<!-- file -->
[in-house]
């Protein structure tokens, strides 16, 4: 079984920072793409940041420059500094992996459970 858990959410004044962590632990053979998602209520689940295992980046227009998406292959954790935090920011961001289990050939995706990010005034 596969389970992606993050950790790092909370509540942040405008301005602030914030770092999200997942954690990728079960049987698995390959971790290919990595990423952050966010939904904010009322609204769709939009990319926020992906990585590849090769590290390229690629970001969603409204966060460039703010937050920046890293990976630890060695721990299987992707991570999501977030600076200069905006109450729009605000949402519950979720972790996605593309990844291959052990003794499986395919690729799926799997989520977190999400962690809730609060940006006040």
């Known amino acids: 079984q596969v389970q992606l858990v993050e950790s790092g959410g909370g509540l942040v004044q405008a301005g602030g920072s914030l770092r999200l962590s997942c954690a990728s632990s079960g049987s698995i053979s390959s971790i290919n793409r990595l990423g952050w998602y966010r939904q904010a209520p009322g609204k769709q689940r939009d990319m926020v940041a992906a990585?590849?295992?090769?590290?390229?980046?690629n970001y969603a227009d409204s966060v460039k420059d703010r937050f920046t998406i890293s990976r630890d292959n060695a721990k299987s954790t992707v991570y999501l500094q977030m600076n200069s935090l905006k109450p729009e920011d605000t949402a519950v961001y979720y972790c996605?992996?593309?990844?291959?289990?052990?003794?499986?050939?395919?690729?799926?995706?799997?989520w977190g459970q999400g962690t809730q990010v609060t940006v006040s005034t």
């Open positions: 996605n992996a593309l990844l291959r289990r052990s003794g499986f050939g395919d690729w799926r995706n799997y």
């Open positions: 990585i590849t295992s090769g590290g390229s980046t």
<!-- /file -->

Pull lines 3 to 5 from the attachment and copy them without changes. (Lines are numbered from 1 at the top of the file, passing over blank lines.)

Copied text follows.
């Known amino acids: 079984q596969v389970q992606l858990v993050e950790s790092g959410g909370g509540l942040v004044q405008a301005g602030g920072s914030l770092r999200l962590s997942c954690a990728s632990s079960g049987s698995i053979s390959s971790i290919n793409r990595l990423g952050w998602y966010r939904q904010a209520p009322g609204k769709q689940r939009d990319m926020v940041a992906a990585?590849?295992?090769?590290?390229?980046?690629n970001y969603a227009d409204s966060v460039k420059d703010r937050f920046t998406i890293s990976r630890d292959n060695a721990k299987s954790t992707v991570y999501l500094q977030m600076n200069s935090l905006k109450p729009e920011d605000t949402a519950v961001y979720y972790c996605?992996?593309?990844?291959?289990?052990?003794?499986?050939?395919?690729?799926?995706?799997?989520w977190g459970q999400g962690t809730q990010v609060t940006v006040s005034t």
């Open positions: 996605n992996a593309l990844l291959r289990r052990s003794g499986f050939g395919d690729w799926r995706n799997y």
């Open positions: 990585i590849t295992s090769g590290g390229s980046t």